President’s Seminar focuses on election issues

Nicole Capozziello

For the first time since assuming office as Lawrence’s president in 2004, President Jill Beck is teaching a university course. The President’s Seminar, a three-credit course conducted in Mursell House, is part of her plan to achieve 100 percent voter participation at Lawrence in the upcoming Presidential election.President Beck announced the President’s Seminar course, which will also be offered spring term, during her fall convocation entitled “Educating Citizens, Supporting Students’ Political Engagement and Getting out the Vote.”

“I think that every college president has a responsibility to do what they can to get out the vote,” said President Beck, who hopes to bring campus “from apathy to engagement.” The class was also spurred by student suggestions stating the need for classes that look “outside the Lawrence bubble.”

“I think the class shows a change in the climate of topics discussed at Lawrence,” said senior Nathan Litt. As a government major, Litt was refreshed by the relevance of Beck’s course. This course, offered leading up to the election, represents a trend towards more relevant, “real world” classes finding a place in Lawrence’s curriculum.

Depending on how the course goes, President Beck may also be offering the course this fall. President Beck, who has been conducting tutorials throughout her years at Lawrence, also hopes to personally teach more classes in the future.

Litt also saw the course as the ultimate opportunity within the system of individualized education that Lawrence is known for. The class, which is also taught by President Beck’s husband, Dr. Rob Beck, and Director of Research Administration Bill Skinner, is largely discussion-based. Commenting on the class dynamic, junior Kyle Griffin said, “I don’t feel we’re treated as students, as the class is pretty experimental.”

The 12 members of the class, including two recent Lawrence alumni, initially expressed interest in the course or were first recommended by faculty members. Students’ motivations for taking the class include interest in the upcoming election and, of course, the novelty of taking a class with the president.

“I think the course could be more diverse,” said senior Peter Bennett of the class, which includes ten men, eight of whom are members of the Beta Theta Pi Fraternity. President Beck concedes that while the class is male-dominated, this is irrelevant. “Of course,” said Beck,” you can never have enough viewpoints.”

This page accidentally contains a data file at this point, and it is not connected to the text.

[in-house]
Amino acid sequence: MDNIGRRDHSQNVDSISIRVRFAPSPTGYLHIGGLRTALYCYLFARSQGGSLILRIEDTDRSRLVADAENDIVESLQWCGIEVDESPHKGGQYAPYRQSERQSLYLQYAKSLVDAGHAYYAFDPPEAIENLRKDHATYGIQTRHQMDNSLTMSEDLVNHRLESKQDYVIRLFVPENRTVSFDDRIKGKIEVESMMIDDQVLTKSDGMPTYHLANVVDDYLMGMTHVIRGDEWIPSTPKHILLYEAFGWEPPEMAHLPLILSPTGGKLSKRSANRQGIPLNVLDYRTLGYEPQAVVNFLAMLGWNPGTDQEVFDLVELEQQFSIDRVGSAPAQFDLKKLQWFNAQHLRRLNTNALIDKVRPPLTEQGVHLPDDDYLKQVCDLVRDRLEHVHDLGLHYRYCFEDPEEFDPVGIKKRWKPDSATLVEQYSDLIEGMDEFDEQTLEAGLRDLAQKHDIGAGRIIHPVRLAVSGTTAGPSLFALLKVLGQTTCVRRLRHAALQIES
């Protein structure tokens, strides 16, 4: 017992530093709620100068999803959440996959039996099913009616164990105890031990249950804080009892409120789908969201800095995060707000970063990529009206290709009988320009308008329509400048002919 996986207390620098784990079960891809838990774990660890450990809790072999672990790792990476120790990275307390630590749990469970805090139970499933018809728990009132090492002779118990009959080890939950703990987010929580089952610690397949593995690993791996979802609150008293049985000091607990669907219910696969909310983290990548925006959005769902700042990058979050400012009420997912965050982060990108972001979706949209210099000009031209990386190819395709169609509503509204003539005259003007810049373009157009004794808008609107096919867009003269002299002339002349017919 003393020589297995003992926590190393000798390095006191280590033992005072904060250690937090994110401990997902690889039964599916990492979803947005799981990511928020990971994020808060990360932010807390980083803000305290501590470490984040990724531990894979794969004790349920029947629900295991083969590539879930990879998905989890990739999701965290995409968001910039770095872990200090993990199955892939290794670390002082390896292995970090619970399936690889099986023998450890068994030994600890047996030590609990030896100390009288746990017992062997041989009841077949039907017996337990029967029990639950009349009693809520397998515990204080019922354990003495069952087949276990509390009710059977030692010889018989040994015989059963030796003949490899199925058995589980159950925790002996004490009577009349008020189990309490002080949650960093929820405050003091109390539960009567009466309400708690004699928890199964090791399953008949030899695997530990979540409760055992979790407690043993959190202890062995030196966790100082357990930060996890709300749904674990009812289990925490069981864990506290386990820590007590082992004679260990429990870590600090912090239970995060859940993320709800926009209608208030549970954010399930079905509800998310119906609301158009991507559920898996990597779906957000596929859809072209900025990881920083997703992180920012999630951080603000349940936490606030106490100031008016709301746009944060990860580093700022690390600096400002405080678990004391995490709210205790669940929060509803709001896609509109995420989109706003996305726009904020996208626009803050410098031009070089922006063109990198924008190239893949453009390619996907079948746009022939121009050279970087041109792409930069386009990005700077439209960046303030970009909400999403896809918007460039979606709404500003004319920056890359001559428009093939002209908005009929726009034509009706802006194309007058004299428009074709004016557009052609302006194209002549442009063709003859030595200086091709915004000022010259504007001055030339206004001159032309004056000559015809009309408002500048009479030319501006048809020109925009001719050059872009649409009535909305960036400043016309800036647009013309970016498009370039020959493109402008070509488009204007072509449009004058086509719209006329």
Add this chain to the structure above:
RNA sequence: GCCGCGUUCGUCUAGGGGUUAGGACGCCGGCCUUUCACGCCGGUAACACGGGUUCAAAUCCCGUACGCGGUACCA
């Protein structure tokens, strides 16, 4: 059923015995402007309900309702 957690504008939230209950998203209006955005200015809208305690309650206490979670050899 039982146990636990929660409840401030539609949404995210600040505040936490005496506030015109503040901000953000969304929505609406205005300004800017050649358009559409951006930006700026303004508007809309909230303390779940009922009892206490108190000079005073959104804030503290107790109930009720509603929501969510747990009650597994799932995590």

Prior to reconfiguring and expanding President Beck’s Web site, each student will be surveying 60-80 Lawrence students in the span of two weeks. Students will be asked to rate 16 issues in terms of importance to their decision-making in the upcoming presidential election.

In their recent research, the class identified which issues were specifically important to Lawrence students. “Smart, young people need to make room in their minds and their days for these issues,” said President Beck.

The top five or six issues will be added to the Web site in a similar fashion as the five issues already presented on the website.

Currently, students view eight presidential candidates’ statements on five current issues, including Iraq, energy, and health care. The website strives to present students with the most unbiased viewpoints in their barest form.

President Beck recognizes that while some personal characteristics are telling of someone’s future strength as a leader, “current tactics such as the ‘dress war’ are unsophisticated, strategic means of persuasion utilized by the media.”

President Beck wants students to get to the root of their feelings specific candidates and consider what personal characteristics are actually relevant to someone’s future capability as a leader.

In the next few weeks leading up to the February 19 primary, President Beck is hoping Lawrence will be able to host a presidential candidate.

The hope is, at the very least, to force people to think about these issues, some of which they maybe haven’t considered in the past. Litt affirmed, “Being engaged at any level is better than not being engaged at all.”

Bennett simply stated, “It’s idiotic not to vote.